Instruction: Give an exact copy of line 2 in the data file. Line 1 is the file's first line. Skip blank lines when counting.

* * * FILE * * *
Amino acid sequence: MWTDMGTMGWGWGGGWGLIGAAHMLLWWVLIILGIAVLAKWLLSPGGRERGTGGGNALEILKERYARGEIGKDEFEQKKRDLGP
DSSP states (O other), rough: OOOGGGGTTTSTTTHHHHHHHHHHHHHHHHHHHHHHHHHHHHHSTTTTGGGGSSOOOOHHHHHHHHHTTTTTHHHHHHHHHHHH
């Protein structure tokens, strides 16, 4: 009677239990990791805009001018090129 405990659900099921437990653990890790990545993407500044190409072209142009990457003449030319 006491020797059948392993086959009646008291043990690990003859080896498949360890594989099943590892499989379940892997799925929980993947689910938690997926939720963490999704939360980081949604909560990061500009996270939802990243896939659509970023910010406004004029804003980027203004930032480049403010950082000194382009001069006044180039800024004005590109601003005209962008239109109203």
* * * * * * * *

DSSP states (O other), rough: OOOGGGGTTTSTTTHHHHHHHHHHHHHHHHHHHHHHHHHHHHHSTTTTGGGGSSOOOOHHHHHHHHHTTTTTHHHHHHHHHHHH